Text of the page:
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Using Your Skills in Missions

What part should skills, passions, and experiences play in finding a mission trip?

By Marti Wade

Surfers and skaters springboard from shared interests to launch cross-cultural friendships. Medical or business professionals offer expertise to those who can’t otherwise find or afford it. All over the world, Christians are seeing God use their abilities in world missions.

You could be great with kids, have a special place in your heart for those with special needs, or be called to minister to missionary families. You may be a teacher, coach, counselor, or bookkeeper. But what part do the skills, passions, and experiences God has given you play in finding a mission trip (or even a place to serve long-term)? They could be the key to finding a fit.

1. Honor God’s design.

Sometimes people ask, “What kind of person do I need to become for God to use me in missions?” But the Lord distributes gifts throughout the global Church and calls people to serve together in a vast myriad of ways. You may need more training and experience. There’s always more to learn. Keep on growing and stretching. Yet God is not asking you to stop being who you are and become someone different.

Though our Maker has a way of working in and through our weak points as well as our strong ones, most global servants find that over time the Lord steers them to steward and serve in those areas of strength. He will develop and direct you through your areas of gifting. When looking for your next step in service, it is wise to assess how God has used you in the past. Especially seek out experiences that will hone your ministry skills and sharpen your spiritual effectiveness.

2. Search smart.

The ShortTermMissions.com search engine doesn’t list every possible type of service, but it classifies opportunities (currently more than 2000) into about 40 useful categories. Use the search box to pull up ministry opportunities in those areas or to refine a search you’ve already conducted. It only takes seconds to see what might be listed that would be a good fit for you. Perhaps you never imagined that these opportunities actually existed. Pay attention to the organizations that seem to specialize in areas that interests you. Use the website to submit requests for more information.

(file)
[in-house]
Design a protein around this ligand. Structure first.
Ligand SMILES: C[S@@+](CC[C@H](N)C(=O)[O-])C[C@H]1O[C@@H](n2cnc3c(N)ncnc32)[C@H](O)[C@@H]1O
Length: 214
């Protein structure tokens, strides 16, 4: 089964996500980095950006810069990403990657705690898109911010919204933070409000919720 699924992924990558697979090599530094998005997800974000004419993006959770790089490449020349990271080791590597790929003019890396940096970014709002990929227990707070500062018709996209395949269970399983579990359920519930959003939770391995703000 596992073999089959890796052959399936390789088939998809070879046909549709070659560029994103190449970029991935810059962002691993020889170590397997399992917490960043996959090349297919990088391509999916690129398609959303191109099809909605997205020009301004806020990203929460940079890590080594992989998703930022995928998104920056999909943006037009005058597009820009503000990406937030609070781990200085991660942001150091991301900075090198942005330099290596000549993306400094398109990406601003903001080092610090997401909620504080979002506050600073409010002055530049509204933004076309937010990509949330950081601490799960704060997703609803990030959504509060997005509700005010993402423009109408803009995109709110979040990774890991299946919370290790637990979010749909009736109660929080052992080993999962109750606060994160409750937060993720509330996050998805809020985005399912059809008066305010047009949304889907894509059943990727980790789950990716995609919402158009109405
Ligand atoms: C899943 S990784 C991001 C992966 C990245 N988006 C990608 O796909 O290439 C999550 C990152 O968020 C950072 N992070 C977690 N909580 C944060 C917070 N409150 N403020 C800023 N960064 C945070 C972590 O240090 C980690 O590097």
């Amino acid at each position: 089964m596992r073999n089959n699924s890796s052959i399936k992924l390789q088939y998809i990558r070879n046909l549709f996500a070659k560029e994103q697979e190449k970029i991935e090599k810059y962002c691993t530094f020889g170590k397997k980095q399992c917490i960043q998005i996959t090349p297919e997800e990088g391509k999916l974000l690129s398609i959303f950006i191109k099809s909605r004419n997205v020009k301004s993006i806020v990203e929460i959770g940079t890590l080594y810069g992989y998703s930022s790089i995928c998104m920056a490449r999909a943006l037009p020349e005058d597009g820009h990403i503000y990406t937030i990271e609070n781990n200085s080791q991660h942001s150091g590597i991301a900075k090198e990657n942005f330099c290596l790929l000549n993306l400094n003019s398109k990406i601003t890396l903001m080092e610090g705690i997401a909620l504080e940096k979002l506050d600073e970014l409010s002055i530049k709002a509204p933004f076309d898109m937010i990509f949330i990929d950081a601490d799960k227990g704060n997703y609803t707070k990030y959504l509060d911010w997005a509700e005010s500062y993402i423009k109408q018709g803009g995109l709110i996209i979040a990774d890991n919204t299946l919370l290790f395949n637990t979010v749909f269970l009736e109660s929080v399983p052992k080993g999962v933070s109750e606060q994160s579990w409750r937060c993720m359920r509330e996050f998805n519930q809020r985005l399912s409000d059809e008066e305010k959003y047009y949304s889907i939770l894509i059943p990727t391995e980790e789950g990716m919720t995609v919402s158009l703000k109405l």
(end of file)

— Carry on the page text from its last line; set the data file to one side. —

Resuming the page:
You might also contact specialized ministries directly. Love music and the arts? Check out a network called Artists in Christian Testimony or browse through their arts-oriented mission opportunities, such as those through World Music Mission. Have professional skills in engineering? Engineering Ministries International goes far beyond the kind of construction projects that involve swinging hammers and painting walls; they send teams to serve ministries that need project assessments, blueprints, and more.

Even organizations and service opportunities not focused on the thing you love to do may have a special place for you on the team. A large, diverse organization may even have more opportunities in your area of interest than the specialized ones do. Don’t hesitate to let leaders know about your skills and ask how they might like to put those things to work.

3. Keep servanthood central.

Just be sure to hold your offering with open hands. Don’t let the chance to do your thing in missions take priority over loving and serving your team and submitting to the guidance of your team leadership and local hosts.

If you’re a photographer, maybe you aren’t just there to take pictures and log video footage. Put down your equipment long enough to take your turn making breakfast for the team, helping in the clinic, pounding nails, or whatever else is needed. Are you a pastor, invited along to teach and preach? The Lord may use you just even more when you’re away from the podium than when you’re standing behind it.

No matter your role or area of expertise, be a servant before you’re a specialist. The Lord may also call you to lay down your abilities altogether and do something you’ve never done before. Whether you’re using your gifts or not, depend on the Lord for strength and guidance.

4. Remember mission service is a two-way street.

Opportunities to lead or teach are abundant in the mission world, but don’t let that stop you from being a learner, first. Those you go to serve may have as much to teach you as you have to teach them (maybe more). Be humble enough to accept the service of others and learn from them. Let them introduce you to their context and values before you offer any assessments or solutions. Do things their way, even if you don’t understand it yet; affirm their gifts and wisdom. In so doing, you will come home richer than before you left.

May God bless you and make you a blessing as you go.

Marti Wade has been a mission mobilizer since 1995 and has trained dozens of short-term teams for relationship-based research among the world’s least-reached peoples.

This article first appeared in the ShortTermMissions.com Newsletter.